RQ 3: Conceptualisation1) Fashion/Convention/Intentionality Fashionwhat is usually done Conventionwhat you should do (Convention and fashion ignore awareness) Intentionality What you think is right Researcher reflexivity & sensitivity, identity2) Relationality Researcher, supervisor, participants, translators/interpreters/transcribers Trust, ethics, power 3) Researching Multilingually - spaces Research; researched; researcher; re/presentation Interdisciplinary insights
Implications For researching multilingually and developing researcher competence: Researchers, supervisors, examiners, editors, publishers, interpreters/translators/transcribers English as a global language/ELF? Ethical procedures and practices Policy (educational institutions - examiners, thesis requirements, e.g., Luxembourg, Manchester) Globalisation has brought new insights into these processes We need to avoid being essentialist about language and languages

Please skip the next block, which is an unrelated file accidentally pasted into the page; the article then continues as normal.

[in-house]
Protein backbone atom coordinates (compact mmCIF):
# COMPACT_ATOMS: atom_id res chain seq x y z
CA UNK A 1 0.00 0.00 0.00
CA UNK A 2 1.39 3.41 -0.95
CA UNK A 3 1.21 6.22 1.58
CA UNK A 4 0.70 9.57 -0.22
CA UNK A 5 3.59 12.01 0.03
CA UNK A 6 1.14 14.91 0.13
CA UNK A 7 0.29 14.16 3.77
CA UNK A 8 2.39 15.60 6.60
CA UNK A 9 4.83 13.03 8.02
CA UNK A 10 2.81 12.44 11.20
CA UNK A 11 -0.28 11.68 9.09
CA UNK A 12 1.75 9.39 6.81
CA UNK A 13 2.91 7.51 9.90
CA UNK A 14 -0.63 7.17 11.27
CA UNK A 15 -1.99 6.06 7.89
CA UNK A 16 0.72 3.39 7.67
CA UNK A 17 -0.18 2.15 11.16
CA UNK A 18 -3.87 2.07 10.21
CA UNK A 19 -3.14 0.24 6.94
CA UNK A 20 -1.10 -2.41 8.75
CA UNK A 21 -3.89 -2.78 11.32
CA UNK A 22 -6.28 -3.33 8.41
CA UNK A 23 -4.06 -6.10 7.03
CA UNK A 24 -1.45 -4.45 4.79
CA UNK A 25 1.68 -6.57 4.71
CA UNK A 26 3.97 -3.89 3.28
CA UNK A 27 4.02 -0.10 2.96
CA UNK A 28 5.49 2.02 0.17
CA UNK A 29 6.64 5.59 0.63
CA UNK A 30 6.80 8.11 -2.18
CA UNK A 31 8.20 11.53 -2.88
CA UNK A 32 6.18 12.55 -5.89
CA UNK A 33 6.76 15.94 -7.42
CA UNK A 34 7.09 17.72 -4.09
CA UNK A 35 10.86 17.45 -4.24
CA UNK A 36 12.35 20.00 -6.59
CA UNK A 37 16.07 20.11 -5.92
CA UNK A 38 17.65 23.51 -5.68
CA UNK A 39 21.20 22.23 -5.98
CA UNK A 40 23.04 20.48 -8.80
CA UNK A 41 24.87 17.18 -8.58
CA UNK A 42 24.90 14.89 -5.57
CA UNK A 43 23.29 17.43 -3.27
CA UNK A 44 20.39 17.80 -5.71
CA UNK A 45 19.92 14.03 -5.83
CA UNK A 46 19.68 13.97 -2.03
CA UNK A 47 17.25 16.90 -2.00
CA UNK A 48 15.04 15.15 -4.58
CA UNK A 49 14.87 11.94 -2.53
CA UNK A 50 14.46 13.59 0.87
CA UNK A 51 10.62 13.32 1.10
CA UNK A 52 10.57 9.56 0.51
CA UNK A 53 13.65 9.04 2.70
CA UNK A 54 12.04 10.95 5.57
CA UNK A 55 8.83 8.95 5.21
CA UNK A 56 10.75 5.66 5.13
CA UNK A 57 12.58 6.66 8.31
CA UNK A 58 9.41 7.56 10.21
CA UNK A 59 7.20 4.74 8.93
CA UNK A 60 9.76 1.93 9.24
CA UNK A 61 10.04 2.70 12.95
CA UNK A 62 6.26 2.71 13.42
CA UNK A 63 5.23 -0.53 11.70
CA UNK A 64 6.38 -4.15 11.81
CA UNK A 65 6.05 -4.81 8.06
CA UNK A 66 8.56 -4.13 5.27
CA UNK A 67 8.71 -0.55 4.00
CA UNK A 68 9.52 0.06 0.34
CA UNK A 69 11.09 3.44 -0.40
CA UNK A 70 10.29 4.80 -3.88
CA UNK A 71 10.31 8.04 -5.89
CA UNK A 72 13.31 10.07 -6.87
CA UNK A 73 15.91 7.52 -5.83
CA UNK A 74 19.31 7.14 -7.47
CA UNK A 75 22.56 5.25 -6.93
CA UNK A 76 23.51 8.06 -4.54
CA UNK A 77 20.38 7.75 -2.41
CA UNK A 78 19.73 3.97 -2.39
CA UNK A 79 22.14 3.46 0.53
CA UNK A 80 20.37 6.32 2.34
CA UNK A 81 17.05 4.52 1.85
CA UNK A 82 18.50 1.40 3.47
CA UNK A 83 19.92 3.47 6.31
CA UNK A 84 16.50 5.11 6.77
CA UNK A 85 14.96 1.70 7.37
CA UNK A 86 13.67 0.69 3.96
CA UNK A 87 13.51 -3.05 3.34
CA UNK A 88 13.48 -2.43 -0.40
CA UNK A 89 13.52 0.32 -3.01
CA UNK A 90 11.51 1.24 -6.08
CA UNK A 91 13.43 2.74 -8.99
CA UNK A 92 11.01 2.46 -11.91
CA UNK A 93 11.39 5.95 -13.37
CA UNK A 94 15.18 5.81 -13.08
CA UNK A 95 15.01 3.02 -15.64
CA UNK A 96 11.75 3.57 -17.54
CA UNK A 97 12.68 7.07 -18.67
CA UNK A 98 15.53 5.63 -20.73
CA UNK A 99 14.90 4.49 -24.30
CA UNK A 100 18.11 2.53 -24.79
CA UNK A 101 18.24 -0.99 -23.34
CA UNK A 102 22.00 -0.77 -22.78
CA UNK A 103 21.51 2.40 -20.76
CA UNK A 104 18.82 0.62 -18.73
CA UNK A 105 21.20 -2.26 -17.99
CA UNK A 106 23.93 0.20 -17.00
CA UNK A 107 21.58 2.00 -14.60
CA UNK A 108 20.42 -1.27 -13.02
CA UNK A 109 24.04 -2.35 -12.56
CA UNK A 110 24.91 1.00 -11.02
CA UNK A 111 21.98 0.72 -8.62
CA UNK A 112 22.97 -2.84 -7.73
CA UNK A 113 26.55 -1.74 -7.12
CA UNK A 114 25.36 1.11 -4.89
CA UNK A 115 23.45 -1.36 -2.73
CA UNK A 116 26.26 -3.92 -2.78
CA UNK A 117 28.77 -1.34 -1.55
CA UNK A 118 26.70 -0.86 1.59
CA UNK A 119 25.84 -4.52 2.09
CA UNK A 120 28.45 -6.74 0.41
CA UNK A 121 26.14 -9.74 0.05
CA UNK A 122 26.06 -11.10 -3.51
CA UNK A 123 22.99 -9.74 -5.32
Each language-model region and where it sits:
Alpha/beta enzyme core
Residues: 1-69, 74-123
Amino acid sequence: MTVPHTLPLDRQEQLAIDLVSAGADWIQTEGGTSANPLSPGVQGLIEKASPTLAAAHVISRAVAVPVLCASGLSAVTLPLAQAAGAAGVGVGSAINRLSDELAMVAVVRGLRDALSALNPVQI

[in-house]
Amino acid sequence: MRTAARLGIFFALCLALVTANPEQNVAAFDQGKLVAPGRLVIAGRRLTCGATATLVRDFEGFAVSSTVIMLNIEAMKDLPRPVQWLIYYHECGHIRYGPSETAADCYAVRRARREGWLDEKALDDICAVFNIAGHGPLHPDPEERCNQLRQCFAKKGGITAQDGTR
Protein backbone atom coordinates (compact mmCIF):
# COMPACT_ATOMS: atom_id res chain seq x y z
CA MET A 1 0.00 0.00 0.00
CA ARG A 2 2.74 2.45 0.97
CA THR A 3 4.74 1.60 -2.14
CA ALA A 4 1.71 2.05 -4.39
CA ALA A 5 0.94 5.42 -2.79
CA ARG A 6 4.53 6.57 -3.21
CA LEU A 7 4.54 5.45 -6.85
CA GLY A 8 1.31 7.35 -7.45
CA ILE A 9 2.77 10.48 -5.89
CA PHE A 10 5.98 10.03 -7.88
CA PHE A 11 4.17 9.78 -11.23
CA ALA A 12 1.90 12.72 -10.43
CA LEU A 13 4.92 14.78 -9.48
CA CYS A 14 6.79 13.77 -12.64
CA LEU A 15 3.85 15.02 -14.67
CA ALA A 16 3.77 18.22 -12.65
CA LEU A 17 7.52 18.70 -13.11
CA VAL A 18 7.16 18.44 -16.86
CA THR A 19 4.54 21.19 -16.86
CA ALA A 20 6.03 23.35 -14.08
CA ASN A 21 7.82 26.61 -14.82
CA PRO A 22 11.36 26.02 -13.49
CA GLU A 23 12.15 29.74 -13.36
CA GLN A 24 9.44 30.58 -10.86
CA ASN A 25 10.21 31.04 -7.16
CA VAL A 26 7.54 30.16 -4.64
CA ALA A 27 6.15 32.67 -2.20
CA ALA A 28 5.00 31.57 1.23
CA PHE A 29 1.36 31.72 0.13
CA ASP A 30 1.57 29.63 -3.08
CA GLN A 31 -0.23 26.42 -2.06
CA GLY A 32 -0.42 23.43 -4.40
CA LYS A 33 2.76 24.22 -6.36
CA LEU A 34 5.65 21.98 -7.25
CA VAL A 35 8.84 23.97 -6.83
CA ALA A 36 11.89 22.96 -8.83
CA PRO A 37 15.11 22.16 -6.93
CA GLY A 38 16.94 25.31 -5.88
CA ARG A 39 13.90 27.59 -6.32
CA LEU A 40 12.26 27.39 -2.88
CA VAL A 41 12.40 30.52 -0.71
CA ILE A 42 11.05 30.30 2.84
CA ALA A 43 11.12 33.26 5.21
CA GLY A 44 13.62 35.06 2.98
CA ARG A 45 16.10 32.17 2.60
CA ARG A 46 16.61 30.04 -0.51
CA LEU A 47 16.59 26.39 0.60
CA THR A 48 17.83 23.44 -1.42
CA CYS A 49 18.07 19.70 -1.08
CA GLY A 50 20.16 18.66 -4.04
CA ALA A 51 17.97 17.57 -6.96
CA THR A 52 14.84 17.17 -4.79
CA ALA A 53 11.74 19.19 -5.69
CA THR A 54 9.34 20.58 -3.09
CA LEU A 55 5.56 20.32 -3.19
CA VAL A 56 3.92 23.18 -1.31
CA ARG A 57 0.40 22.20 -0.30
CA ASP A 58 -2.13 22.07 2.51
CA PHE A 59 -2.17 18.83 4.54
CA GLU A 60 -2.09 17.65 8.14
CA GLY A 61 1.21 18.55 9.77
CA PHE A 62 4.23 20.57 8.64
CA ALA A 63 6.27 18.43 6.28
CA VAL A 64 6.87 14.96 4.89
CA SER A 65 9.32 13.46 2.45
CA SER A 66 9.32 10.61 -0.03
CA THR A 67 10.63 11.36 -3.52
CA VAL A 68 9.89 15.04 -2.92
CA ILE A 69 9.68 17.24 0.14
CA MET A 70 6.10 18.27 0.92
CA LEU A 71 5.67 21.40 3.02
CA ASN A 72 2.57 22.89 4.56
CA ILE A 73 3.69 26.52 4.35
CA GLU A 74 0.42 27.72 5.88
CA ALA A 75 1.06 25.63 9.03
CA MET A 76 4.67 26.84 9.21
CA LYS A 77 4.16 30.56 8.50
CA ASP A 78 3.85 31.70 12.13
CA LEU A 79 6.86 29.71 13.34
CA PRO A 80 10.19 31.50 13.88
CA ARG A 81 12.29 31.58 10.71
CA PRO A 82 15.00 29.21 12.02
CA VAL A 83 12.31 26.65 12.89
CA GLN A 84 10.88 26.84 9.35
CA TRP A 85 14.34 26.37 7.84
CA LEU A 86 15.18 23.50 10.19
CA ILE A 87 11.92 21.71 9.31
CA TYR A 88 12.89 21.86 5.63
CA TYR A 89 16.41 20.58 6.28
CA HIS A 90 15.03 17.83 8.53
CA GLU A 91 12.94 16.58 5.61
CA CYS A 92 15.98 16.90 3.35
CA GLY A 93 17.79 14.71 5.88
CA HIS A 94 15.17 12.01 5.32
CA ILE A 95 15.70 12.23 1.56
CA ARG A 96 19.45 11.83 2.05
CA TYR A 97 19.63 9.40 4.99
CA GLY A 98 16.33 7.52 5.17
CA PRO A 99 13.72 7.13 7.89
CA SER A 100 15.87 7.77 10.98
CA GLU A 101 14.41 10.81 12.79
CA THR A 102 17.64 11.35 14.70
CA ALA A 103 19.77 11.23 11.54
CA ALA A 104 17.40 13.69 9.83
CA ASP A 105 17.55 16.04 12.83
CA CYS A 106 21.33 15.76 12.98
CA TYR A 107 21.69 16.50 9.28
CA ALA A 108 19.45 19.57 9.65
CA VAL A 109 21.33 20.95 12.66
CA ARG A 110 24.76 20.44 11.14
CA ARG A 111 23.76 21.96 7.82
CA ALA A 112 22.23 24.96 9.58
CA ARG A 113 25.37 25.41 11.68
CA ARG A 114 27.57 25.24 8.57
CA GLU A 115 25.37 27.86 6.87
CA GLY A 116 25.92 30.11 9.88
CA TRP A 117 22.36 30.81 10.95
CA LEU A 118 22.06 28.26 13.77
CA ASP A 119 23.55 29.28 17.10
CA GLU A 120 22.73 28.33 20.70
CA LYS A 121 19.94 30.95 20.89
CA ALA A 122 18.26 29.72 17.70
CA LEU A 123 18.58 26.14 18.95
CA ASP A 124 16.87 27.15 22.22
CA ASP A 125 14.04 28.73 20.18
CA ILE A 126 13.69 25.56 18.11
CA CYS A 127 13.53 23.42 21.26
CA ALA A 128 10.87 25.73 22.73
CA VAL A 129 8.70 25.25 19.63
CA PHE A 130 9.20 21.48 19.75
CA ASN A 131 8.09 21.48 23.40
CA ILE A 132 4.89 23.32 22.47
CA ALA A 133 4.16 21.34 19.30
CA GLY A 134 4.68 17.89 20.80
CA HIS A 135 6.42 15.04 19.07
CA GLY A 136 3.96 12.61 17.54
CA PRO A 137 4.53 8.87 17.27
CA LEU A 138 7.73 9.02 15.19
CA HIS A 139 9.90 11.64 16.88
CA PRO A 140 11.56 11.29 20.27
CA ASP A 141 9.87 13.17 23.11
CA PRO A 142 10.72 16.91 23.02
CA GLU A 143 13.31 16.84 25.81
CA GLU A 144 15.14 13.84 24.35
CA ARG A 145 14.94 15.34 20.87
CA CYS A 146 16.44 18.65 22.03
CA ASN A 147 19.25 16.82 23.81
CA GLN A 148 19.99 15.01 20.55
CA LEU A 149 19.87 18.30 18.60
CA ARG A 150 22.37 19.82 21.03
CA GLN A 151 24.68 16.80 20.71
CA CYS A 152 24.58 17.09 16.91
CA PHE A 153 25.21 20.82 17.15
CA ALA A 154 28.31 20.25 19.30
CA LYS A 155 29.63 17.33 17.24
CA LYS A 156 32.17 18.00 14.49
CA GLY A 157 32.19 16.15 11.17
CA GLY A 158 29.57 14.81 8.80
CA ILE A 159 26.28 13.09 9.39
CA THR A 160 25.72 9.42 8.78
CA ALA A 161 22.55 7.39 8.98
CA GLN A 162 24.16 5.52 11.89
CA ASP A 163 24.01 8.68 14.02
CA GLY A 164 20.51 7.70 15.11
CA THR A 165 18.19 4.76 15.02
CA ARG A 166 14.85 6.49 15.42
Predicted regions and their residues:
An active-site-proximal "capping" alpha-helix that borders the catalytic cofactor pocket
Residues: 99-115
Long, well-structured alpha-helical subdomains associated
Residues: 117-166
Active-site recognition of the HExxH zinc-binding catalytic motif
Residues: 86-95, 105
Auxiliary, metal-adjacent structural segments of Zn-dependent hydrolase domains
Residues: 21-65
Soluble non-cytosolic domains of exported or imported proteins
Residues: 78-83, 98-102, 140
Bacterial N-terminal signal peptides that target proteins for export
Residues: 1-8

=> A work in progress
Progress Made a wealth of case study material of researchers reflecting an ALL aspects of their RM processes a range of research parameters (e.g. studies using interpreters, studies with researcher as ad hoc translator, studies undertaken by research teams, assessed PhD studies, etc ) a range of possible conceptual frames, e.g. Intentionality (purposefulness) and developing researcher competence some moves towards a Policy contribution (from applied linguists to research educators and researchers more generally) some moves towards a pedagogic frame for developing researcher competence vis--vis researching multilingually becoming aware of the possibility exploring the possibilities and their affordances developing RM practice articulating the practice (transparency and intentionality)